A thriving Stokesley firm has joined forces with Teesside University in a collaboration they believe could revolutionise the construction industry.

Millions of pounds and countless man-hours could be saved should an exciting new system being developed by Applied Integration fulfil its enormous potential.

Specialising in providing cutting edge solutions to 21st Century industries, Applied Integration design and develop the automation and control systems for customers in the petrochemicals, oil, gas and defence sectors.

Twice shortlisted for Teesside’s Company of the Year award in recent years, Applied Integration is currently building state-of-the-art, safety-critical control systems for the Royal Navy’s Astute-class submarines.

But the firm believes a unique software tool it has developed in-house to accurately record and track changes to the complex requirements of its clients could be adapted for the mechanical and electrical sector of the UK’s construction industry.

Applied Integration director Garry Lofthouse revealed: “We have to try to contain our excitement because it is extremely complex. But we believe it could be a game changer for the construction industry.

“We have spoken to construction industry experts who believe we could sell millions of pounds of licensing for this if it works as well as we believe it can.

”There are potentially massive rewards for Applied Integration and the entire construction industry if our KTP work with the university goes in the direction I believe it will over the next two years.”

Industry reports have indicated that 60% of construction projects finish over time and over budget, with up to a quarter of total contract values attributed to additional costs relating to “re-works and changes in delivery”.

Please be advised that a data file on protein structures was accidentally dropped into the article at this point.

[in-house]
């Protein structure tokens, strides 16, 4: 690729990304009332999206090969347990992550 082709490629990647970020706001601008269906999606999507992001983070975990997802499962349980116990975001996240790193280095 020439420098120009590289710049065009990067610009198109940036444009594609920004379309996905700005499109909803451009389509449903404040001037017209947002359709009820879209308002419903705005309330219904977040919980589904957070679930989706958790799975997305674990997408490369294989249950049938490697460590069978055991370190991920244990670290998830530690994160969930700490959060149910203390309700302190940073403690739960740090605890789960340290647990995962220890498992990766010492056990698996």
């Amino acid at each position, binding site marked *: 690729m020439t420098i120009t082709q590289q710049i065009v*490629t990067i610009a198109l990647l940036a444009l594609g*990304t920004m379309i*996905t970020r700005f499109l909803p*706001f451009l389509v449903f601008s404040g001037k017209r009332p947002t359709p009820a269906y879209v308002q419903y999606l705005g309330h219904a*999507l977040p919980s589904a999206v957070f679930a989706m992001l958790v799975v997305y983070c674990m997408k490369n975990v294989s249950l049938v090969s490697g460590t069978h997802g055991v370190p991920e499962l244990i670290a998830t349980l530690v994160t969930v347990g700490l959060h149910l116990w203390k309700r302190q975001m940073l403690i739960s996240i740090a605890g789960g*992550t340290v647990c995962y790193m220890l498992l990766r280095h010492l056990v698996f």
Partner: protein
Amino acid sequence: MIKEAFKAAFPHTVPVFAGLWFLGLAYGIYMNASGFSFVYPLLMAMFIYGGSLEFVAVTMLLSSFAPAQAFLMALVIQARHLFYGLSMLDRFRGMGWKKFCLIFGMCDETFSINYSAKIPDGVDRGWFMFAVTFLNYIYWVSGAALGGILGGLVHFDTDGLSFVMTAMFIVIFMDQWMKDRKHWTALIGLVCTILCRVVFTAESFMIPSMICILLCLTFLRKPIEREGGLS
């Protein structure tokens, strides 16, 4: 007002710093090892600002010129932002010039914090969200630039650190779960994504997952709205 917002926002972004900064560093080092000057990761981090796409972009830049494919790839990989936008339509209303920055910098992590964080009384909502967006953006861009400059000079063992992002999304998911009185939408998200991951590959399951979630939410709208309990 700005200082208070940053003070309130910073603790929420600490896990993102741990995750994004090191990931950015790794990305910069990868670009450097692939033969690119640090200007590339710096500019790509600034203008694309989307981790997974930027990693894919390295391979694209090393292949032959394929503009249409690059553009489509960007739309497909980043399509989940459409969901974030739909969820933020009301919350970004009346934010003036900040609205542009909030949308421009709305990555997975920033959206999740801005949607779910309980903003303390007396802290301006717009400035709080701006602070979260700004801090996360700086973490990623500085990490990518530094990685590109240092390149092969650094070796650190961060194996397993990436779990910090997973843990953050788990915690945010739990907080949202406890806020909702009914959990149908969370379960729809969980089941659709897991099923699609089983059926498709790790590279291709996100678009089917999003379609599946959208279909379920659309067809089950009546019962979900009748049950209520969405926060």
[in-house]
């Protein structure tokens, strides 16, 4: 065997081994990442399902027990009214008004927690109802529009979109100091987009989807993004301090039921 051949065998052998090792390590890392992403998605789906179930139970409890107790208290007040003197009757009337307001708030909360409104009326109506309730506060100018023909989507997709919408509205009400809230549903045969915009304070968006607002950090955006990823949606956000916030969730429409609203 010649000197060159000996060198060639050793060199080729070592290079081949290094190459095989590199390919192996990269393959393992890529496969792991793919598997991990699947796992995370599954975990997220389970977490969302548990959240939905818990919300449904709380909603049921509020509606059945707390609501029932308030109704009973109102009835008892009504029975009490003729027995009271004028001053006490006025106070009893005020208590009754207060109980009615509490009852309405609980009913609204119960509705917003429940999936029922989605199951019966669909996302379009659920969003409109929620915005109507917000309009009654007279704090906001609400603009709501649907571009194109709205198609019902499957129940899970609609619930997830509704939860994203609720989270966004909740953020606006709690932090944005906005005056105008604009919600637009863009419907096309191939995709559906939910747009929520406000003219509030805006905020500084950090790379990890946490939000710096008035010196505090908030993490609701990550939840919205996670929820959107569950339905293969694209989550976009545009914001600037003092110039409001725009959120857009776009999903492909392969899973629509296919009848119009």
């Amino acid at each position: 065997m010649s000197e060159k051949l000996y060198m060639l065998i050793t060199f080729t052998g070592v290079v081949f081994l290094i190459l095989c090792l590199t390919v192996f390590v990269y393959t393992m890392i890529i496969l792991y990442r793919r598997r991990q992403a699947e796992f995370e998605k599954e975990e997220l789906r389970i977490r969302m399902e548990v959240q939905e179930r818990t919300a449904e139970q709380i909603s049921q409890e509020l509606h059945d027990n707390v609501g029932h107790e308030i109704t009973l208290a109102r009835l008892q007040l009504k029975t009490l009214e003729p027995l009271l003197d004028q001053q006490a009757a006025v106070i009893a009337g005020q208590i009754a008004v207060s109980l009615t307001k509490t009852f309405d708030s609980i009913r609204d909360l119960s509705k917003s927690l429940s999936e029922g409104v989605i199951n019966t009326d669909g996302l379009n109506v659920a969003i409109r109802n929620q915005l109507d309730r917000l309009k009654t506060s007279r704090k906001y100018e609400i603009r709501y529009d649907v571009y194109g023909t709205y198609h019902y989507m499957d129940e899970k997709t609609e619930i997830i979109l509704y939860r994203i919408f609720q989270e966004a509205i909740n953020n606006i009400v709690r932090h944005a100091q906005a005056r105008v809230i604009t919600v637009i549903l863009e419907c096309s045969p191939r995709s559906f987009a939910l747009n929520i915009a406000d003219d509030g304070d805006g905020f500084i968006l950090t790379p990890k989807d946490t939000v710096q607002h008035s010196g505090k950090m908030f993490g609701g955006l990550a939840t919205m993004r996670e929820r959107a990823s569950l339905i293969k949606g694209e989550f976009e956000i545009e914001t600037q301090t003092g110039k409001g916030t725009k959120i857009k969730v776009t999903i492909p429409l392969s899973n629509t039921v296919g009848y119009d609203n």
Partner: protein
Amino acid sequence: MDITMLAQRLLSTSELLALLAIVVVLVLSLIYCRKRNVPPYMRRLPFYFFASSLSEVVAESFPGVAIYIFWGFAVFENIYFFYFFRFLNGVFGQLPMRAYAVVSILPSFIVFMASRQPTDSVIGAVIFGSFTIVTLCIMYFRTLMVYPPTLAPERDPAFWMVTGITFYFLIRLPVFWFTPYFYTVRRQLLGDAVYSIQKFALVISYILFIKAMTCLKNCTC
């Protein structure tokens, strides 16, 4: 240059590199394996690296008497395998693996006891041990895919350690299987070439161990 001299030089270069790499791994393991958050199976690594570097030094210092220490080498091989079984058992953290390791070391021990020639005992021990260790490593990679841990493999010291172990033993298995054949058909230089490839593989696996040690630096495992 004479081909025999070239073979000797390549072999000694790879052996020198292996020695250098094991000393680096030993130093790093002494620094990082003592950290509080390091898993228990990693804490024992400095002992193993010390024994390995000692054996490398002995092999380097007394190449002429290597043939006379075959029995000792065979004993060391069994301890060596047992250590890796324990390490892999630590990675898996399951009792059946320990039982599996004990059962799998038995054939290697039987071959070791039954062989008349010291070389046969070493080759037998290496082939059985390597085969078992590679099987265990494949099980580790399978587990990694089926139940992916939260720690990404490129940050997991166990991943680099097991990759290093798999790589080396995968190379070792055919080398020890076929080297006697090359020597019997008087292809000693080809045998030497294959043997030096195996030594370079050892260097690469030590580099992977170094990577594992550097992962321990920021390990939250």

At the heart of a series of delays to the building of the new Wembley Stadium were at least 11,000 individual revisions to the scheme’s original drawings, which contributed towards original estimates almost trebling to £900 million.

And yet such frustrations are familiar to all who have experience of major construction projects, with a seemingly archaic system of contractors being reissued with countless drawings every time changes are made to the plans.

To develop their idea, Applied Integration has joined forces with Teesside University in a two-year, government-backed Knowledge Transfer Partnership (KTP).

Designed to encourage businesses to improve their competitive edge and productivity through the use of emerging expertise and innovative technologies, KTP is a nationwide programme helping firms make better use of the UK’s knowledge, technology and skills-base.

Applied Integration is working with academics within the university’s School of Science and Engineering on the KTP.

Leading the university’s team of academics on the project are Professor Nashwan Dawood, Dr Huda Dawood and Dr Vladimir Vukovic.

Prof. Dawood is an internationally renowned expert in the area of information technologies and systems, research associate Dr Dawood is an expert in mathematical modelling, while Dr Vukovic boasts extensive academic and industry research experience in areas such as cyber physical system modelling, having played a leading role in 10 international research projects.

Jonathan Siddle, who is studying for a doctorate in Computer Sciences at Teesside University, has been recruited to work as an associate on the £110,000 KTP, with engineer Phil White supervising the project within Applied Integration.

Applied Integration believe the development of an automated design and planning platform would enable initial mechanical and electrical requirements to be easily captured, with the platform automatically populating the detailed electrical schematics and mechanical data, while all subsequent revisions and updates inputted via the software tool.

Lofthouse added: “Our initial focus is on small section of the construction industry but, without wanting to get too far ahead of ourselves, there’s no reason why it can’t be rolled out to the entire industry.”

“As a business, we are investing heavily in this concept design because of its enormous potential.

“We’ve already proved the system works on a Teesside chemical plant, with a process that previously took months to complete now being completed accurately and consistently in just 20 minutes.

“What we lack within Applied Integration is expertise and understanding of the construction industry’s requirements, which is where the university’s experts come in.

“Professor Dawood, Dr Dawood and Dr Vukovic have extensive experience and detailed knowledge of the complexities of the construction industry, so it is a huge boost to be working in partnership with them and their university team.”